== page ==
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Since rails both support and guide trains, they are one of the most crucial components of track structure. A rail road can survive with minor ballast problems, a few broken ties, missing spikes, and cracked tie plates, but a single rail failure can cause serious derailments and crashes. As railways progressed and trains became faster and heavier, the consequences of broken rails became an ever more serious issue. By 1900, the advent of powerful steam locomotive designs, air brakes, and automatic signaling systems permit ted passenger trains to regularly operate at 80 miles per hour and faster. A derailment at such speeds can result in tremendous loss of life. Therefore, careful and thorough inspection of the tracks is essential for ensuring safe and reliable travel on the lines.
Traditionally, tracks and rails were inspected by expert track walkers, who regularly patrolled a Section of line on foot, looking for defects. This inspection would reveal most flaws in the track structure, since many types of defects are detectable through close observation. A track inspector could easily spot potential problems in the ballast, ties, and fasteners. He would make note of any defects, and the section gangs would make the necessary repairs without risk to trains or passengers. Unfortunately, not all flaws are visible to the naked eye. Among the most serious of the invisible defects are tiny cracks inside the rail, particularly the transverse fissure—an internal crack bisecting the width of the rail. This crack was especially dangerous because it was undetectable by traditional methods, yet it could cause the rail to break or even shatter under the weight of a train, causing a derailment.
In the years leading up to World War I, American railroads began to suffer the backlash of negative public sentiment, fueled by years of abuse of the public trust. Feuding rail barons, ambitious tycoons, rate wars, poor service, horrific crashes, and a general callousness toward passengers and shippers resulted in a tide of legislation aimed at curtailing railroad monopolies and mandating safer operations. Federal laws required the use of air brakes, automatic knuckle couplers, steel-framed cars, and other safety equipment to help make trains safer to ride and work on. Unfortunately, safety initiatives were often acted upon only in the wake of a disaster. In 1902, a terrible crash was caused by a signal being obscured by heavy smoke in the Park Avenue Tunnel in New York City. The crash led to laws that forced rail roads to electrify their New York passenger operations to eliminate smoke hazards. Similarly, in 1911, a horrific crash on the Lehigh Valley Rail road at Manchester, New York, killed 29 people and seriously injured another 60. This accident was attributed to that hidden menace: the transverse fissure. Like the causes of other major wrecks, rail fractures became a public issue. In an earlier era, such a disaster may have been shrugged off as unavoidable, but by this time action was required. In 1915, the Bureau of Standards initiated research to find a way to detect internal rail defects.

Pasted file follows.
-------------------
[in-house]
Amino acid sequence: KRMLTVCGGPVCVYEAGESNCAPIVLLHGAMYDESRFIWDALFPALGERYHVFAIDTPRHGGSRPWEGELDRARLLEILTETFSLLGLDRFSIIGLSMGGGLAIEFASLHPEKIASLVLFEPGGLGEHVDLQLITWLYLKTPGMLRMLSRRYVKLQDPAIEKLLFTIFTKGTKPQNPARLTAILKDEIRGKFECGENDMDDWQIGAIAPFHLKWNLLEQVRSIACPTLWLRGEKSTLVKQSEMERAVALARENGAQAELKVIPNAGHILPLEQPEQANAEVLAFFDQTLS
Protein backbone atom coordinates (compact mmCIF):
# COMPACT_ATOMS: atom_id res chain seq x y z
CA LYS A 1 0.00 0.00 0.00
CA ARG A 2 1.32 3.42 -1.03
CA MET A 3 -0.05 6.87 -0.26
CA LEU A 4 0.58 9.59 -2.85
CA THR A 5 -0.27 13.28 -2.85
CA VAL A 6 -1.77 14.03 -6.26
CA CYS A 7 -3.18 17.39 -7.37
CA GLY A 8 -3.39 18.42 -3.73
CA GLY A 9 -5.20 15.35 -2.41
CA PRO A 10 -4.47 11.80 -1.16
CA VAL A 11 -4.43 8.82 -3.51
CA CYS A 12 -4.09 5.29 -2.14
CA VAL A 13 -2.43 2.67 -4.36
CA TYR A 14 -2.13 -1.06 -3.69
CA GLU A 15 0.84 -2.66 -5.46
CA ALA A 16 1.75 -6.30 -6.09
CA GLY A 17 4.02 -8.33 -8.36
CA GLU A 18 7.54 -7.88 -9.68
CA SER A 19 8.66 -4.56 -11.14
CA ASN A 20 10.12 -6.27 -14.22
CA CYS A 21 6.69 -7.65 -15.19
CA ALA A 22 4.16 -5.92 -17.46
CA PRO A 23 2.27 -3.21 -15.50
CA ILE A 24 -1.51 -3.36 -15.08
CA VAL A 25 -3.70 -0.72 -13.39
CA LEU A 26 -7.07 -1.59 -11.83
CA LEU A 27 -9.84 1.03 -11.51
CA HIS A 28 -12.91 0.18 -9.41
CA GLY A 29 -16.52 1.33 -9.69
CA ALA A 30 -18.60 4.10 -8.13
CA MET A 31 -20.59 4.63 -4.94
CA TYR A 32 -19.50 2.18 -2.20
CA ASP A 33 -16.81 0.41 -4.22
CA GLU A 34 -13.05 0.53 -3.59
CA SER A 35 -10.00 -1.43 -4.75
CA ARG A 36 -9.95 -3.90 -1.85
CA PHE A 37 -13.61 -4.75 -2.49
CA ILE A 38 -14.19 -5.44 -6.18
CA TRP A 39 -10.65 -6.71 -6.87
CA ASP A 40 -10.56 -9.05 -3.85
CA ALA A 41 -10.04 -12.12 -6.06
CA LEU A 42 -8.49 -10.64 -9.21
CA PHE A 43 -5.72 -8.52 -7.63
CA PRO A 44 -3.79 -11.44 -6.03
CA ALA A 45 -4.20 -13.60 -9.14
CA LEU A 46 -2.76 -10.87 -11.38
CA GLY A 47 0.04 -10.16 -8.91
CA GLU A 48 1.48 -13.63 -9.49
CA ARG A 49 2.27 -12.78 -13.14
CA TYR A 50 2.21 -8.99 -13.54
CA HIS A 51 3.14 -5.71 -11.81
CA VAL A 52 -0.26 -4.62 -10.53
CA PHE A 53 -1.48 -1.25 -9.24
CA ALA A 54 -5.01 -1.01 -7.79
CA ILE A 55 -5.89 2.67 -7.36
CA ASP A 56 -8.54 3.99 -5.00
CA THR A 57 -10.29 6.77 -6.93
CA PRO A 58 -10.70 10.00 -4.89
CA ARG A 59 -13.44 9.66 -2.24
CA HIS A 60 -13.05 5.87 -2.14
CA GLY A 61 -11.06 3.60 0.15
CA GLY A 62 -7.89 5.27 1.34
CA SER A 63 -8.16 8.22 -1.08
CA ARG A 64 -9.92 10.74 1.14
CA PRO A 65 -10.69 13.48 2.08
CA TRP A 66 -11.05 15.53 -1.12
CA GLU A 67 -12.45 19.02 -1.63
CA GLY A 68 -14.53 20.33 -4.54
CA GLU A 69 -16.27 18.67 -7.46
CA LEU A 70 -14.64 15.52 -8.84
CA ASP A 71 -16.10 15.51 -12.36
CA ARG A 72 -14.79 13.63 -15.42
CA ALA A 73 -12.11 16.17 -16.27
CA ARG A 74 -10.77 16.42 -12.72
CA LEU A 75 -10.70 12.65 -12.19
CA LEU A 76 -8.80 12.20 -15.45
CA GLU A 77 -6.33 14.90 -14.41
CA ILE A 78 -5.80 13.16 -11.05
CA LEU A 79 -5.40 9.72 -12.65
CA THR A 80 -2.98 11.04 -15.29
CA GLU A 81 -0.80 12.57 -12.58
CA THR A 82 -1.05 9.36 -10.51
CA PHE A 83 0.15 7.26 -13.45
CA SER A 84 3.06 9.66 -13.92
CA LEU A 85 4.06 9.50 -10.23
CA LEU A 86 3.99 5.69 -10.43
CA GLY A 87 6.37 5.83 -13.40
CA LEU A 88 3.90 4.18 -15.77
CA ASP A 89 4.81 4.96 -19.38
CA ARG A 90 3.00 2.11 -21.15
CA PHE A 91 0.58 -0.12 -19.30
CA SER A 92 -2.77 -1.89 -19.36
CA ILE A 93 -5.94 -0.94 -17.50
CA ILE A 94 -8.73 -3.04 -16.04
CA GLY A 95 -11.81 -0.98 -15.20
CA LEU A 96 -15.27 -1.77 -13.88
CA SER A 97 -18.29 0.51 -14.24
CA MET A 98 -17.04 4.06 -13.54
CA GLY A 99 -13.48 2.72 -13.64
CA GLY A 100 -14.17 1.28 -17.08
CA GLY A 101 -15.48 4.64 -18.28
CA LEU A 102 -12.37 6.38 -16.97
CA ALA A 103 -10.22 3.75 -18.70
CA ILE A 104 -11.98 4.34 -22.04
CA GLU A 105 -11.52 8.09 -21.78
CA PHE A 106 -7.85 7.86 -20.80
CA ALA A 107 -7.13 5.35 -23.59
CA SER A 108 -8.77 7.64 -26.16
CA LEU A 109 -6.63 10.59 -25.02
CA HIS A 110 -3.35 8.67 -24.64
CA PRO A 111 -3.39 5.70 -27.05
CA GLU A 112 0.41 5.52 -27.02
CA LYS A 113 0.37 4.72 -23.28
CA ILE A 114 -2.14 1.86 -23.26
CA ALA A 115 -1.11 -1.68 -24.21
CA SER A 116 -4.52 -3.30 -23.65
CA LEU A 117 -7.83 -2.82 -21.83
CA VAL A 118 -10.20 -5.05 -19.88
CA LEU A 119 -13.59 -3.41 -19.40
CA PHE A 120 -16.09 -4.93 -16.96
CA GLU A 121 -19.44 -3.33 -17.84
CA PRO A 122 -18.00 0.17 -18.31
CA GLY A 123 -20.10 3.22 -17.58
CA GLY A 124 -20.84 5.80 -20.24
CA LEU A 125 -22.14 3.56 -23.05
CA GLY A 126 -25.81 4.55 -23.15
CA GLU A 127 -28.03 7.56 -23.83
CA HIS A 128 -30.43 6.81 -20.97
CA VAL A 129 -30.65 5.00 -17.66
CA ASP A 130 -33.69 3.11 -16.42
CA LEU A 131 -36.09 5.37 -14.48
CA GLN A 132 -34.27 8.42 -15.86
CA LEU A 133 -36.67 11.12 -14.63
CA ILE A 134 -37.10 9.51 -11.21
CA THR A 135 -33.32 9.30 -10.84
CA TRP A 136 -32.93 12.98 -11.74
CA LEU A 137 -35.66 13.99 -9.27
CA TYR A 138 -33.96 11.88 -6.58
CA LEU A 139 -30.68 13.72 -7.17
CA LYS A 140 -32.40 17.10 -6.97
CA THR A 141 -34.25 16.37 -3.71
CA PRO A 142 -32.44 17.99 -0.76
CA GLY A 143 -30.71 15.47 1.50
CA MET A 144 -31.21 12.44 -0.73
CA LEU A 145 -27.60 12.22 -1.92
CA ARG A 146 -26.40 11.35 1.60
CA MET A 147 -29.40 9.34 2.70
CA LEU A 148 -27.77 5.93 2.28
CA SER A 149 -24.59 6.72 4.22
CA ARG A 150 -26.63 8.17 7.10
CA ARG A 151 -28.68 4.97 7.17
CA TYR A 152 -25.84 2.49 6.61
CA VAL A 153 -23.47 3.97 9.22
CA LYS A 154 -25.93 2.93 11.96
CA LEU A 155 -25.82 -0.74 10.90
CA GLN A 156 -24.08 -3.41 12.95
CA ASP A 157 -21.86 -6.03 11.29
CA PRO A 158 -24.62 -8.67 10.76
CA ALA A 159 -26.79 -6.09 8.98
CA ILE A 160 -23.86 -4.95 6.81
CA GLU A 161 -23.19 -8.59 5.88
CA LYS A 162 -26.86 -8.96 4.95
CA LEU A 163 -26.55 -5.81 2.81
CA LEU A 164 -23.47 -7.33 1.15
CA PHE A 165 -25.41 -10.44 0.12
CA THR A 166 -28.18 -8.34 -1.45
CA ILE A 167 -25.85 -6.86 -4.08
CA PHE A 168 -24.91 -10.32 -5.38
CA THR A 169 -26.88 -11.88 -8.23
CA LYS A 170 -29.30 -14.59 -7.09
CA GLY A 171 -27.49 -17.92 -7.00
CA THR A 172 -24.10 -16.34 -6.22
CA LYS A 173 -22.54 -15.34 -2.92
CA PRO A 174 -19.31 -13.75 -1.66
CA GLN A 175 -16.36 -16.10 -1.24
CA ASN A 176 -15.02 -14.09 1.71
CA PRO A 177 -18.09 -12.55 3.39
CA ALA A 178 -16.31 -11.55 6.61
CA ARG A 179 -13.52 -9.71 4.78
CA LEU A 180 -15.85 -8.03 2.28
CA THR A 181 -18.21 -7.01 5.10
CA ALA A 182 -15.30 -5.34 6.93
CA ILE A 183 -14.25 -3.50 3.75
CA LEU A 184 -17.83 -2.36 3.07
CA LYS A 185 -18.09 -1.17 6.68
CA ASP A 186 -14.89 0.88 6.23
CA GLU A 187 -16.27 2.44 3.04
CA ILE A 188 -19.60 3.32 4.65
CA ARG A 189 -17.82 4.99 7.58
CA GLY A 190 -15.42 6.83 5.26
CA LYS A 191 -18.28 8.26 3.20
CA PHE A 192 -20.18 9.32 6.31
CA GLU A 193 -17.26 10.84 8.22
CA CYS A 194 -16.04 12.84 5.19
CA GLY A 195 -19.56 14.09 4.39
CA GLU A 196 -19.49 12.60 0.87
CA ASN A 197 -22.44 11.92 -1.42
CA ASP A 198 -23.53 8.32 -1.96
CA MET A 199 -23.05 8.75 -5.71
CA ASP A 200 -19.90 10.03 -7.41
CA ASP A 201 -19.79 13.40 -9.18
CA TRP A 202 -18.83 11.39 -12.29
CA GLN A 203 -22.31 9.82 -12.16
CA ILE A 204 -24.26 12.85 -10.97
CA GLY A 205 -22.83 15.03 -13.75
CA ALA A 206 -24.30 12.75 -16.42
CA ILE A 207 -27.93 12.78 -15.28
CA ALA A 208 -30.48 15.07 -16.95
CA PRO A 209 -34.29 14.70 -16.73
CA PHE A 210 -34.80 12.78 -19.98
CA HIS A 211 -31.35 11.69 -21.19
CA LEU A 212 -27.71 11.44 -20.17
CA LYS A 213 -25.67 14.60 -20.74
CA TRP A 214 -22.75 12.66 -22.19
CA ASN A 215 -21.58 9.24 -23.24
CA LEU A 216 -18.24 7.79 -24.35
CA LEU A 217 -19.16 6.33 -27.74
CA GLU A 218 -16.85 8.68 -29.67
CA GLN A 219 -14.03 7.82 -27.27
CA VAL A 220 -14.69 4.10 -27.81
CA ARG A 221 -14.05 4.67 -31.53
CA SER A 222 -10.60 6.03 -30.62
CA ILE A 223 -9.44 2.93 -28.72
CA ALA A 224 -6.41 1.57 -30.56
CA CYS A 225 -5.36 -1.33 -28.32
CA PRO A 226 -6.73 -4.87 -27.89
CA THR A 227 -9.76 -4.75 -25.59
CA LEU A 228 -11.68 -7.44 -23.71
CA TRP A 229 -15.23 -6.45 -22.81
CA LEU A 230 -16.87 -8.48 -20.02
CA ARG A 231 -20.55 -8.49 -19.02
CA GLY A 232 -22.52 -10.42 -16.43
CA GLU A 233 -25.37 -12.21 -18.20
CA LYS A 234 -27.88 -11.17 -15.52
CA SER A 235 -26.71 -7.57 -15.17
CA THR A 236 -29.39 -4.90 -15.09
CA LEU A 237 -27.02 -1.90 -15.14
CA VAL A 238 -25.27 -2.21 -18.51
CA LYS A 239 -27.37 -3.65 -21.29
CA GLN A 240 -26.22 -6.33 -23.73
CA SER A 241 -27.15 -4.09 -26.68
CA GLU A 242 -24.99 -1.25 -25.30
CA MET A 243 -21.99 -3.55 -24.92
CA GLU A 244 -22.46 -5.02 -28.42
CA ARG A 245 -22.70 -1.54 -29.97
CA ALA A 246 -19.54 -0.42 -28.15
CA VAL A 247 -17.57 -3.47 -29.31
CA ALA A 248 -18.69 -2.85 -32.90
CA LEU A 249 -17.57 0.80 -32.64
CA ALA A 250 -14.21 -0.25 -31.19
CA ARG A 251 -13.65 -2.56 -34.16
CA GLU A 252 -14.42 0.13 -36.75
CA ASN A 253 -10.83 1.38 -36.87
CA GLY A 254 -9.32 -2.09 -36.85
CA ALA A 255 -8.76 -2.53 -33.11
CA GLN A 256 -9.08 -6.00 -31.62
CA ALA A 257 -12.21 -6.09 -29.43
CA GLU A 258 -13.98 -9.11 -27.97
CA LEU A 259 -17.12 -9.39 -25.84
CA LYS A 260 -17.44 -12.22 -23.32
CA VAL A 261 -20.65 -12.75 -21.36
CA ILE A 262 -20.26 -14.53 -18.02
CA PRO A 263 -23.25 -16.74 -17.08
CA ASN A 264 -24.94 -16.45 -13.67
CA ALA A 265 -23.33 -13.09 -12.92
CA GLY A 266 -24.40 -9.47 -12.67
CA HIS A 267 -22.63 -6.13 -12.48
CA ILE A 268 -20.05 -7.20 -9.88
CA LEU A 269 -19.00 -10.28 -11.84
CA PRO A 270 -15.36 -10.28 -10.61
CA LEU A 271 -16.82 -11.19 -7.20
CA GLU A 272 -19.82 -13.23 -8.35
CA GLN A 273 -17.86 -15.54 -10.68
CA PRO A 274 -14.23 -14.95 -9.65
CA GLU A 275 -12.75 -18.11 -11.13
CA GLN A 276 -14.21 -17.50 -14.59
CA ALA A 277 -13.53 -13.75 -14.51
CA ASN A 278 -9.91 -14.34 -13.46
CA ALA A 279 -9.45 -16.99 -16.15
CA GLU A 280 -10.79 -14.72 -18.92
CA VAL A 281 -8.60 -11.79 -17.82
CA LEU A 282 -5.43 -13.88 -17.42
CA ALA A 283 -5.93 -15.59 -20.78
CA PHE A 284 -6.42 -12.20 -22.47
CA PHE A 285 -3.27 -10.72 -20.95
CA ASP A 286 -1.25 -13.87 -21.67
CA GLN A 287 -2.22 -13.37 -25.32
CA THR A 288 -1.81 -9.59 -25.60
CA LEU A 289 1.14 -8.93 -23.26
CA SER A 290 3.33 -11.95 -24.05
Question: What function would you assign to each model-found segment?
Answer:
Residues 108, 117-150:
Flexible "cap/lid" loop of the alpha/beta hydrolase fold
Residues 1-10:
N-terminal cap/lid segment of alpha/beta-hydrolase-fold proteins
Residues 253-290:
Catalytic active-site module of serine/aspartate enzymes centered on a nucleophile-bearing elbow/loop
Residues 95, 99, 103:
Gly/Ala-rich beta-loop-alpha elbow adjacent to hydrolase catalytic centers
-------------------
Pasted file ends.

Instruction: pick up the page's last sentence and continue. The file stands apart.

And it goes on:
Dr. Elmer Sperry
One of the foremost inventors of the early twentieth century was Dr. Elmer Ambrose Sperry, a scientific genius who amassed more than 400 patents in his lifetime. He is probably best known for his gyroscopic inventions, including the gyro compass. He also designed electrical equipment for streetcars and early electric locomotives, and worked on designs for electric automobiles. Between 1923 and 1928, Sperry developed an induction system that was capable of detecting internal rail defects, including transverse fissures, and he founded the Sperry Rail Service. It was immediately successful, and he built a fleet of Sperry Rail cars to inspect American railroads for hidden rail defects. Sperry initially hoped to sell the defect detection cars directly to the railroads, but he eventually concluded that it would be more practical to run a company that used the cars as a contract service for the railroads. While railroads today routinely contract many specialized ser vices to outside vendors, in the late 1920s this was a relatively unusual practice. Railroads tended to be self-sufficient enterprises, keeping most of their maintenance work in house. Dr. Sperry died in 1930, but by the end of that year Sperry Rail Service had 10 large defect detection cars in operation, as well as a fleet of smaller rail defect detection equipment.
Sperry’s Yellow Doodlebugs
Sperry Rail’s large defect detection cars, known in the industry simply as Sperry cars, were built from self-propelled gasoline-electric cars and called “Doodlebugs.” Doodlebugs were built for passenger service. The single gas-electric cars were cheaper to operate than a steam locomotive, and in the decade prior to World War 1, gas-electric cars were a popular way for railroads to cut costs on branch-line passenger operations. The market for gas-electrics sagged during the war years, but enjoyed a healthy resurgence in the 1920s. Most American railroads bought Doodlebugs and assigned them to lightly patronized operations. A number of manufacturers built gas-electrics, including J. G. Brill, and the St. Louis Car Company. The Electro-Motive Corporation was one of the largest producers of gas- electric cars, although it didn’t actually build the cars itself, but contracted the assembly to other builders. Electro-Motive was later bought by General Motors, and evolved into America’s fore most diesel-electric locomotive manufacturer.
For the first large defect detection cars, Sperry bought new gas-electrics from J. C. Brill and outfitted them with detection equipment and living quarters for the crew. By the early 1930s, passenger business was in serious decline, and many railroads were discontinuing lightly patronized and unprofitable passenger services, resulting in a surplus of gas-electrics. As Sperry’s business grew, it acquired many additional gas-electric cars secondhand from railroads. The gas-electric had largely vanished by the late 1960s, and later Sperry detection cars we home-built by Sperry Rail. Over the years Sperry amassed a roster of more than 25 self-propelled cars, many of which began their service lives gas-electric-cars for various Class I railroads including Seaboard Air Line, Baltimore Ohio Lehigh Valley, and Chicago & North Western.